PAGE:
Shifting Finance from controlling to improving

The following was first published on the Harvard Business Review.

It’s difficult to get senior executives who have been successful managing a particular way to realize that they need to change their approach. Yet this is exactly the challenge facing leaders of the finance function who are asked to help their organization improve the way that work is done. As finance shifts its focus from controlling costs to advising managers on improvement activities, CFOs must change their thinking and behaviors.

Consider for example CFO Ric Magnuson of Group Health Cooperative, a nonprofit health care system in Seattle with 10,000 employees, who started out as a skeptic on the process improvement activities his company launched in 2008. He had not been exposed to the approach his company chose (“Lean”), and all the tools and concepts were new to him. “I didn’t get it. I saw a lot of money being spent. I was against it.” But along the way he switched from being a skeptic to being an advocate. He gives credit to mentors who helped him. “We had Orry Fiume (one of the founders of “Lean Accounting”) come in a couple times. (Lean Accounting redesigns a company’s performance measurement system so that it encourages continuous improvement.) I got a mentor (“Lean Sensei”) who became my shadow, 40% of their time through the first seven months, helping me through. Then I became an advocate. I had to throw out 25 years of learning. Getting the CFO on board is key. Now I know that.”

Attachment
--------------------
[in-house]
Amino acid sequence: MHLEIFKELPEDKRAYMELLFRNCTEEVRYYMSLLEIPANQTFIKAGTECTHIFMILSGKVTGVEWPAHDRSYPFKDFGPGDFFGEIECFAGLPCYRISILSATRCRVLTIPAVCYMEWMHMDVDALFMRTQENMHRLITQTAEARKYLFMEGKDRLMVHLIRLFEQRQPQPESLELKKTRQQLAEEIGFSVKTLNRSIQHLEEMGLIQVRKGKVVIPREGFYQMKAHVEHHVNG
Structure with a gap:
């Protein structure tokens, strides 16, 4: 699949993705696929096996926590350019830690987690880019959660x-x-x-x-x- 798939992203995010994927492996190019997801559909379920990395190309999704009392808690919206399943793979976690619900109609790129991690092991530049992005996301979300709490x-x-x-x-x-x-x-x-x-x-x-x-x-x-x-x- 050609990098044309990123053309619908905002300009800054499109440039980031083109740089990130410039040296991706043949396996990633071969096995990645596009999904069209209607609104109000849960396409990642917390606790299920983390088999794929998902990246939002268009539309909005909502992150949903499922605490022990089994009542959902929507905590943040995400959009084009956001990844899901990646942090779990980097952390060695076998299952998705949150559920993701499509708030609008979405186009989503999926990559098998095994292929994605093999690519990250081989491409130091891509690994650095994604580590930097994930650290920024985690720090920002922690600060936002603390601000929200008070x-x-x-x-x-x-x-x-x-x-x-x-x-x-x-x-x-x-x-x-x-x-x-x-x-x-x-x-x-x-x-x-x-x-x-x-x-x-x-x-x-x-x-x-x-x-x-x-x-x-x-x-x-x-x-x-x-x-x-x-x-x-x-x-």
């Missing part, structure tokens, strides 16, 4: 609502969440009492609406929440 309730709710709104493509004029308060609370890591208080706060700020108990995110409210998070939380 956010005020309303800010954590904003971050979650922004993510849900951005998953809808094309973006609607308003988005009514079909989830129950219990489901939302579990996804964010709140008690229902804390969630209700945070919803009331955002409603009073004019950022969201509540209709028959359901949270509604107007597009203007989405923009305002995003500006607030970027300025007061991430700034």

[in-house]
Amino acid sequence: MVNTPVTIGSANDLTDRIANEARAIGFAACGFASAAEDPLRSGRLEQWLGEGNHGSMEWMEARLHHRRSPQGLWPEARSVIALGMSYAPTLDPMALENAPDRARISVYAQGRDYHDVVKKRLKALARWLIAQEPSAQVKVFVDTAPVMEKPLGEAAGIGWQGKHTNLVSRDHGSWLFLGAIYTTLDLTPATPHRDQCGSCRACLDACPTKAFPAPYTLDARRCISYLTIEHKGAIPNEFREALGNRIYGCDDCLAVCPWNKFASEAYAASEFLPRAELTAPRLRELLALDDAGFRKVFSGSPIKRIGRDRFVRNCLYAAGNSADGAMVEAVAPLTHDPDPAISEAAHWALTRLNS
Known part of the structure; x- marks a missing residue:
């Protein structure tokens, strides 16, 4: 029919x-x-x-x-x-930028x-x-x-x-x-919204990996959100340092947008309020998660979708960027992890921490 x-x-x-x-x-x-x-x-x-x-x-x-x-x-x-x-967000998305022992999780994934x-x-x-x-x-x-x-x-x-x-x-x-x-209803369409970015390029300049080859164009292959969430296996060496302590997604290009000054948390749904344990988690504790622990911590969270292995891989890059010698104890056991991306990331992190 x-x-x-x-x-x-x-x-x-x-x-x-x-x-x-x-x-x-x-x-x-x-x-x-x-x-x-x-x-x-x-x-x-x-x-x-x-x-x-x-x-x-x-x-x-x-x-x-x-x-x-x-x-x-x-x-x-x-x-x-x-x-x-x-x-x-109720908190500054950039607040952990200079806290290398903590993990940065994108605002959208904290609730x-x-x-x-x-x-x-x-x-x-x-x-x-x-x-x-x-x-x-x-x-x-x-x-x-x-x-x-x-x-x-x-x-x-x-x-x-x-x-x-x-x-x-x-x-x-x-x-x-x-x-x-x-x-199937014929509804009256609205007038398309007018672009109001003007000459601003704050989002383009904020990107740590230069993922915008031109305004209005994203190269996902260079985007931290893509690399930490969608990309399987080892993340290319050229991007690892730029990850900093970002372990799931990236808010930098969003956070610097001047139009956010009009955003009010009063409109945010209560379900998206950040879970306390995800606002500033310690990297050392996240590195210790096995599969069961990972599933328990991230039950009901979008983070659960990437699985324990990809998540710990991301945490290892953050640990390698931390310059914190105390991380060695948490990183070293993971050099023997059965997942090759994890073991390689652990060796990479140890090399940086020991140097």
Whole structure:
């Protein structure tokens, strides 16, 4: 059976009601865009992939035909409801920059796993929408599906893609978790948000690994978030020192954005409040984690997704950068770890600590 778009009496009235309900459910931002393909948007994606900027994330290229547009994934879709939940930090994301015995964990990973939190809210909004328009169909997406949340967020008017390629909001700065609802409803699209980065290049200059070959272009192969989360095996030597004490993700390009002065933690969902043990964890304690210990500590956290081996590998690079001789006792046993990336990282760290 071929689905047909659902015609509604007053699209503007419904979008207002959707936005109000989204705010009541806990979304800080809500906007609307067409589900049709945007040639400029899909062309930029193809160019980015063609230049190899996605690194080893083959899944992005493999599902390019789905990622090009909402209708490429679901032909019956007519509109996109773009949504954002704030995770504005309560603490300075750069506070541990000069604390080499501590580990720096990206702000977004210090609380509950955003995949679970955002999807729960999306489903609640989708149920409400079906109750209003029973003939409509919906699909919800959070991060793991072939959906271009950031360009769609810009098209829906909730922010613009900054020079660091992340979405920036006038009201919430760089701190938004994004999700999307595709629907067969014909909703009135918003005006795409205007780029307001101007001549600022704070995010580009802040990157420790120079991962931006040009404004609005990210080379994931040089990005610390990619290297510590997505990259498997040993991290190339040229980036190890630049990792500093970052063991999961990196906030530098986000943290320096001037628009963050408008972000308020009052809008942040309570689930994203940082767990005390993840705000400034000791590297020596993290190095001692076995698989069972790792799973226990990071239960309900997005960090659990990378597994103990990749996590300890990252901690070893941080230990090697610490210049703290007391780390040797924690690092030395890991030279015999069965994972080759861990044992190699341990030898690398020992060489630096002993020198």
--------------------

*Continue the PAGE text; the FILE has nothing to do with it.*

CFO Tim Olson of ThedaCare, a healthcare system in Wisconsin, went through a similar conversion. “Before I came to healthcare, I was at a manufacturing company and a trucking company. There it was all about the shareholder. It was about handling ups and downs in the economy, including laying off employees. The culture here at ThedaCare is different. People are treated with respect. I’ve learned to balance customers, quality and safety, people, and cost. Even though when I get up and talk, because it’s my role, I talk about finance, I’m always thinking about the impact on customers, quality and safety, and employees as well.”

How did the finance function at Group Health, ThedaCare and others make the transition from business policeman — focused on oversight, surveillance and compliance — to coach and adviser on improvement activities? In four main ways: